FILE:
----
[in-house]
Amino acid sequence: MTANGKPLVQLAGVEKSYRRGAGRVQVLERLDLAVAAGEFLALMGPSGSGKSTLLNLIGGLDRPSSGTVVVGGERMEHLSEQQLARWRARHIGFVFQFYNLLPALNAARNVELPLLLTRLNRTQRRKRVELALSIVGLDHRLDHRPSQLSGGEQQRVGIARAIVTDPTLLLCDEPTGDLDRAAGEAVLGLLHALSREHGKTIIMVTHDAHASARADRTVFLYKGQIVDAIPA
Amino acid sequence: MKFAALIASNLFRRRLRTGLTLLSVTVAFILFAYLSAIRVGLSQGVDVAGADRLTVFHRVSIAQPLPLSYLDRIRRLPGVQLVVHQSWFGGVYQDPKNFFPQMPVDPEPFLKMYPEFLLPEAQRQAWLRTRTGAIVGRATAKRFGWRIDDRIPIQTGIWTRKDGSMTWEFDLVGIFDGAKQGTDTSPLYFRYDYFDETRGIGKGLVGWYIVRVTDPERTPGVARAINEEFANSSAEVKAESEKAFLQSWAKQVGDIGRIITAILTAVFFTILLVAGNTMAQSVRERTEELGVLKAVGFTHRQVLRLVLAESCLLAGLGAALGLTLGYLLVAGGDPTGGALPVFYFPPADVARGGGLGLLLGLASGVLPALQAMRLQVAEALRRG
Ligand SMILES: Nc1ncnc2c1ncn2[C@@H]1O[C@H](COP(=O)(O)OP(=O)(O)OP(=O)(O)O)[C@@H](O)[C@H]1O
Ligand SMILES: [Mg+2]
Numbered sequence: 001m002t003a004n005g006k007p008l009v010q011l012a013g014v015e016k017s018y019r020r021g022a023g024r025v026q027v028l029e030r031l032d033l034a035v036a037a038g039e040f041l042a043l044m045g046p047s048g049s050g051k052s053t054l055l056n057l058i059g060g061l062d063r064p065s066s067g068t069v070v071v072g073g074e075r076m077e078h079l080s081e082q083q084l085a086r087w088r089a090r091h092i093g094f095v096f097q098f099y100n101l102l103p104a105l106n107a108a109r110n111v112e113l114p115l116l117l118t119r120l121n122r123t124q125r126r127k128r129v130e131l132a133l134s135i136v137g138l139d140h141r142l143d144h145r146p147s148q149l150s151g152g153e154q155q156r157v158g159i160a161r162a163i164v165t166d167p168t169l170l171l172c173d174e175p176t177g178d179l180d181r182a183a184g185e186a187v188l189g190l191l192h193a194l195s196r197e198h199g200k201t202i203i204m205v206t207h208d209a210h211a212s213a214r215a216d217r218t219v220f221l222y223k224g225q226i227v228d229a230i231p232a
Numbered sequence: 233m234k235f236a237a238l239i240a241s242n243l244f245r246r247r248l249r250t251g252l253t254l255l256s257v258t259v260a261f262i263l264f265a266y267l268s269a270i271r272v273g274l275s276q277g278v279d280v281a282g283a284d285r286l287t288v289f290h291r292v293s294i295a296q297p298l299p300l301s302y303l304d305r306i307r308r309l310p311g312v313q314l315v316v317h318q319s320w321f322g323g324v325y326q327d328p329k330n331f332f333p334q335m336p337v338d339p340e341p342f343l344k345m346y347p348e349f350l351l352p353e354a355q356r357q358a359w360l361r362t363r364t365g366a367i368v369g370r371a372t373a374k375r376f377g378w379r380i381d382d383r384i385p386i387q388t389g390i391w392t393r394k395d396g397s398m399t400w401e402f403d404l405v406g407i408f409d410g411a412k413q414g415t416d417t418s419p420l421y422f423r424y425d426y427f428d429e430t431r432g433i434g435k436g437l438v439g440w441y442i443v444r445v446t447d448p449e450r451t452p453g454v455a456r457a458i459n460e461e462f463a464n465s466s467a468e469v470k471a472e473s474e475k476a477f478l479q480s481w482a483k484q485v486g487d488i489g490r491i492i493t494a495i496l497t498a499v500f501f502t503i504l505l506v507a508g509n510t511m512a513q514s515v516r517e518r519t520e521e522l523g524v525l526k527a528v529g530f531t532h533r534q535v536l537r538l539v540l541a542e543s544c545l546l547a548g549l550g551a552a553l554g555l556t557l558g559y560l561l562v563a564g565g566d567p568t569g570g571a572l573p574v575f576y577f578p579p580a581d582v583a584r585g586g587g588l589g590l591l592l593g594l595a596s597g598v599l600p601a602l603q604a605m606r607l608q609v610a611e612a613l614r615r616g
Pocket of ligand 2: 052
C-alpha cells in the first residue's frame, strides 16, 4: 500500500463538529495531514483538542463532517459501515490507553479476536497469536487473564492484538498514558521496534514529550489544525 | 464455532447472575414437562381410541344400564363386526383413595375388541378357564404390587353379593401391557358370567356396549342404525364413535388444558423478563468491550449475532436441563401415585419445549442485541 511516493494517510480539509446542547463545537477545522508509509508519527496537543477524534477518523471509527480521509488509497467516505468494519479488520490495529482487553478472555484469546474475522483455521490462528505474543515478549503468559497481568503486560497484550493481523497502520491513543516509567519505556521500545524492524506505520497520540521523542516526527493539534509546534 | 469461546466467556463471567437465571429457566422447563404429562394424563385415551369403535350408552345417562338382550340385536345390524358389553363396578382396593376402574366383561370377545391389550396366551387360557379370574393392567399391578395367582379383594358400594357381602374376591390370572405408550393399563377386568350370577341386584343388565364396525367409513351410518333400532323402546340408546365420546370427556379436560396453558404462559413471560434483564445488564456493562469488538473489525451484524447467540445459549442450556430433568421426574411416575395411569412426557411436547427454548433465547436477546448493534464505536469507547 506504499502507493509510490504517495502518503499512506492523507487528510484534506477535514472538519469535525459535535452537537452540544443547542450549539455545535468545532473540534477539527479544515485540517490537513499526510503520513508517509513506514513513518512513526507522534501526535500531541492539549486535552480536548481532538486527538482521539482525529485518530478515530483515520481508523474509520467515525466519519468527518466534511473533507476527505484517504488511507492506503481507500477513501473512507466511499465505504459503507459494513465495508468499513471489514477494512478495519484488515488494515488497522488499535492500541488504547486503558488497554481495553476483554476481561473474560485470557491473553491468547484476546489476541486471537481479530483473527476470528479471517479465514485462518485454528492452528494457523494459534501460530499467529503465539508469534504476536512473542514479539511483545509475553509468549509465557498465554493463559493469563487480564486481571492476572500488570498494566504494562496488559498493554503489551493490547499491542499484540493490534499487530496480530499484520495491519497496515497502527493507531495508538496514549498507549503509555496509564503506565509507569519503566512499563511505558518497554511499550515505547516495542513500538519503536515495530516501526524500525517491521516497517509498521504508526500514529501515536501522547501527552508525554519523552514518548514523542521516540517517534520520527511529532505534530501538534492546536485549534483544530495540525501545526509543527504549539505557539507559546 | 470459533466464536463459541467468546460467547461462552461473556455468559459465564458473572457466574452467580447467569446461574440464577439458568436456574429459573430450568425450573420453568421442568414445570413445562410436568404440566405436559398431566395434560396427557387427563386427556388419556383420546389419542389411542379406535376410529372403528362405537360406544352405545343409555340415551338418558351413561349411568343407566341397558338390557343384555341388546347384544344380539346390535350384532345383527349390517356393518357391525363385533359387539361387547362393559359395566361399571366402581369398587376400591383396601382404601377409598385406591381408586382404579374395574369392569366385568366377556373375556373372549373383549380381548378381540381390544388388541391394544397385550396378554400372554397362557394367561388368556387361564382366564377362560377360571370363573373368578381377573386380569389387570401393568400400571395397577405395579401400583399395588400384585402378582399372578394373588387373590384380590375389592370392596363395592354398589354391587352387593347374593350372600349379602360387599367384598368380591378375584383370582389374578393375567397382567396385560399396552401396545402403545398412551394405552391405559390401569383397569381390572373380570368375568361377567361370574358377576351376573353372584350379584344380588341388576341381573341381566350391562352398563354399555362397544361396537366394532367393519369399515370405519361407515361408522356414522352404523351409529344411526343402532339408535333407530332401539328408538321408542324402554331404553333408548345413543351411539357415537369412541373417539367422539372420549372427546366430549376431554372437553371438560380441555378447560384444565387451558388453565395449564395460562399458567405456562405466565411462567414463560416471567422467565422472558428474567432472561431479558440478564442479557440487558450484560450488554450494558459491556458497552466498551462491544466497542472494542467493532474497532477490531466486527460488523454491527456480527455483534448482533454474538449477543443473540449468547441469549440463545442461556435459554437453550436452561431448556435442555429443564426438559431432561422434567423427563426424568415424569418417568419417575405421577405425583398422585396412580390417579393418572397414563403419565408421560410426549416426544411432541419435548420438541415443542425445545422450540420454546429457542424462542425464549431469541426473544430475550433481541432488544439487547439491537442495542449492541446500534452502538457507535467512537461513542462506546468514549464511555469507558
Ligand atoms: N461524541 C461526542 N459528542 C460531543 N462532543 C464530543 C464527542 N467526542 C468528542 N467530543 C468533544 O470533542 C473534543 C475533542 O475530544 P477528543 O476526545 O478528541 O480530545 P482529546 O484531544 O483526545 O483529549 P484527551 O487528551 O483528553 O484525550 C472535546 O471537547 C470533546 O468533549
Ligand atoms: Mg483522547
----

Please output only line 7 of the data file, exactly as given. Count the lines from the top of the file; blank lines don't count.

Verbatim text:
Numbered sequence: 233m234k235f236a237a238l239i240a241s242n243l244f245r246r247r248l249r250t251g252l253t254l255l256s257v258t259v260a261f262i263l264f265a266y267l268s269a270i271r272v273g274l275s276q277g278v279d280v281a282g283a284d285r286l287t288v289f290h291r292v293s294i295a296q297p298l299p300l301s302y303l304d305r306i307r308r309l310p311g312v313q314l315v316v317h318q319s320w321f322g323g324v325y326q327d328p329k330n331f332f333p334q335m336p337v338d339p340e341p342f343l344k345m346y347p348e349f350l351l352p353e354a355q356r357q358a359w360l361r362t363r364t365g366a367i368v369g370r371a372t373a374k375r376f377g378w379r380i381d382d383r384i385p386i387q388t389g390i391w392t393r394k395d396g397s398m399t400w401e402f403d404l405v406g407i408f409d410g411a412k413q414g415t416d417t418s419p420l421y422f423r424y425d426y427f428d429e430t431r432g433i434g435k436g437l438v439g440w441y442i443v444r445v446t447d448p449e450r451t452p453g454v455a456r457a458i459n460e461e462f463a464n465s466s467a468e469v470k471a472e473s474e475k476a477f478l479q480s481w482a483k484q485v486g487d488i489g490r491i492i493t494a495i496l497t498a499v500f501f502t503i504l505l506v507a508g509n510t511m512a513q514s515v516r517e518r519t520e521e522l523g524v525l526k527a528v529g530f531t532h533r534q535v536l537r538l539v540l541a542e543s544c545l546l547a548g549l550g551a552a553l554g555l556t557l558g559y560l561l562v563a564g565g566d567p568t569g570g571a572l573p574v575f576y577f578p579p580a581d582v583a584r585g586g587g588l589g590l591l592l593g594l595a596s597g598v599l600p601a602l603q604a605m606r607l608q609v610a611e612a613l614r615r616g